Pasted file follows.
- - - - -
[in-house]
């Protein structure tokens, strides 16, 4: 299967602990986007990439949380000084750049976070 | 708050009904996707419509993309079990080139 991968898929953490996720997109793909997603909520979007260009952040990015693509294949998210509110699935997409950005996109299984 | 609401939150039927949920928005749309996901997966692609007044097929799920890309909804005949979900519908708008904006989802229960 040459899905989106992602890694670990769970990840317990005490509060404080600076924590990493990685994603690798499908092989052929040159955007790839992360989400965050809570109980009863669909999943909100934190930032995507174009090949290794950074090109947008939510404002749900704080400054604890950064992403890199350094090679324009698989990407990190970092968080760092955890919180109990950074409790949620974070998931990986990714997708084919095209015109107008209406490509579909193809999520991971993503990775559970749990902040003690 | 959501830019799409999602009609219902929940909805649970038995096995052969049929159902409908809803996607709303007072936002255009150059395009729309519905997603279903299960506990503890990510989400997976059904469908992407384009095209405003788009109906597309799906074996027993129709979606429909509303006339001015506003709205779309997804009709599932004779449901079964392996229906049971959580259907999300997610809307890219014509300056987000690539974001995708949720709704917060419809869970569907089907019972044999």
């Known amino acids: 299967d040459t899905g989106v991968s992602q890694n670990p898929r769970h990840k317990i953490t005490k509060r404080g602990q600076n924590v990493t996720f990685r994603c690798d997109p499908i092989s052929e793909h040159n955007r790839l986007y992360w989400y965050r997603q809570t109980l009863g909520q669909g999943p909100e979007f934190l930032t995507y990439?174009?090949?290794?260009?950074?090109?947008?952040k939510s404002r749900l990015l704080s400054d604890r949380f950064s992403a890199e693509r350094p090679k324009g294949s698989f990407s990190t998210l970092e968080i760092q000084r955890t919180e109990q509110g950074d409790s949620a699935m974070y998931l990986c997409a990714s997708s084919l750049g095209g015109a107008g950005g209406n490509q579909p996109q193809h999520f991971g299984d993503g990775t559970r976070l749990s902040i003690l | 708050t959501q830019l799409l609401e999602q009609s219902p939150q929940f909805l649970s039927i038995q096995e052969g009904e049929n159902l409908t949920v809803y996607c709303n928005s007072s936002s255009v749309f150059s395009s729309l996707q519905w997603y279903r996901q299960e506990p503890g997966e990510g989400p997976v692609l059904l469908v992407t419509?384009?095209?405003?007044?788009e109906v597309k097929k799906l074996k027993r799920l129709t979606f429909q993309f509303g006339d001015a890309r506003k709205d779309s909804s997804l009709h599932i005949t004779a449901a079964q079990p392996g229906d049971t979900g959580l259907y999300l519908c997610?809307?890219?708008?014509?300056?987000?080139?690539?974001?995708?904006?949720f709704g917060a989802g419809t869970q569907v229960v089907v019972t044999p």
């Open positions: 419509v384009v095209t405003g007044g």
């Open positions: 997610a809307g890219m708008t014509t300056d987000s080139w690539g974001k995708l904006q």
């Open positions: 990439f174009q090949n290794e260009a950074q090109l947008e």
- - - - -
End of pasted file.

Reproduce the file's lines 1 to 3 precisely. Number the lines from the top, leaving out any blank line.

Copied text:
[in-house]
């Protein structure tokens, strides 16, 4: 299967602990986007990439949380000084750049976070 | 708050009904996707419509993309079990080139 991968898929953490996720997109793909997603909520979007260009952040990015693509294949998210509110699935997409950005996109299984 | 609401939150039927949920928005749309996901997966692609007044097929799920890309909804005949979900519908708008904006989802229960 040459899905989106992602890694670990769970990840317990005490509060404080600076924590990493990685994603690798499908092989052929040159955007790839992360989400965050809570109980009863669909999943909100934190930032995507174009090949290794950074090109947008939510404002749900704080400054604890950064992403890199350094090679324009698989990407990190970092968080760092955890919180109990950074409790949620974070998931990986990714997708084919095209015109107008209406490509579909193809999520991971993503990775559970749990902040003690 | 959501830019799409999602009609219902929940909805649970038995096995052969049929159902409908809803996607709303007072936002255009150059395009729309519905997603279903299960506990503890990510989400997976059904469908992407384009095209405003788009109906597309799906074996027993129709979606429909509303006339001015506003709205779309997804009709599932004779449901079964392996229906049971959580259907999300997610809307890219014509300056987000690539974001995708949720709704917060419809869970569907089907019972044999």
């Known amino acids: 299967d040459t899905g989106v991968s992602q890694n670990p898929r769970h990840k317990i953490t005490k509060r404080g602990q600076n924590v990493t996720f990685r994603c690798d997109p499908i092989s052929e793909h040159n955007r790839l986007y992360w989400y965050r997603q809570t109980l009863g909520q669909g999943p909100e979007f934190l930032t995507y990439?174009?090949?290794?260009?950074?090109?947008?952040k939510s404002r749900l990015l704080s400054d604890r949380f950064s992403a890199e693509r350094p090679k324009g294949s698989f990407s990190t998210l970092e968080i760092q000084r955890t919180e109990q509110g950074d409790s949620a699935m974070y998931l990986c997409a990714s997708s084919l750049g095209g015109a107008g950005g209406n490509q579909p996109q193809h999520f991971g299984d993503g990775t559970r976070l749990s902040i003690l | 708050t959501q830019l799409l609401e999602q009609s219902p939150q929940f909805l649970s039927i038995q096995e052969g009904e049929n159902l409908t949920v809803y996607c709303n928005s007072s936002s255009v749309f150059s395009s729309l996707q519905w997603y279903r996901q299960e506990p503890g997966e990510g989400p997976v692609l059904l469908v992407t419509?384009?095209?405003?007044?788009e109906v597309k097929k799906l074996k027993r799920l129709t979606f429909q993309f509303g006339d001015a890309r506003k709205d779309s909804s997804l009709h599932i005949t004779a449901a079964q079990p392996g229906d049971t979900g959580l259907y999300l519908c997610?809307?890219?708008?014509?300056?987000?080139?690539?974001?995708?904006?949720f709704g917060a989802g419809t869970q569907v229960v089907v019972t044999p």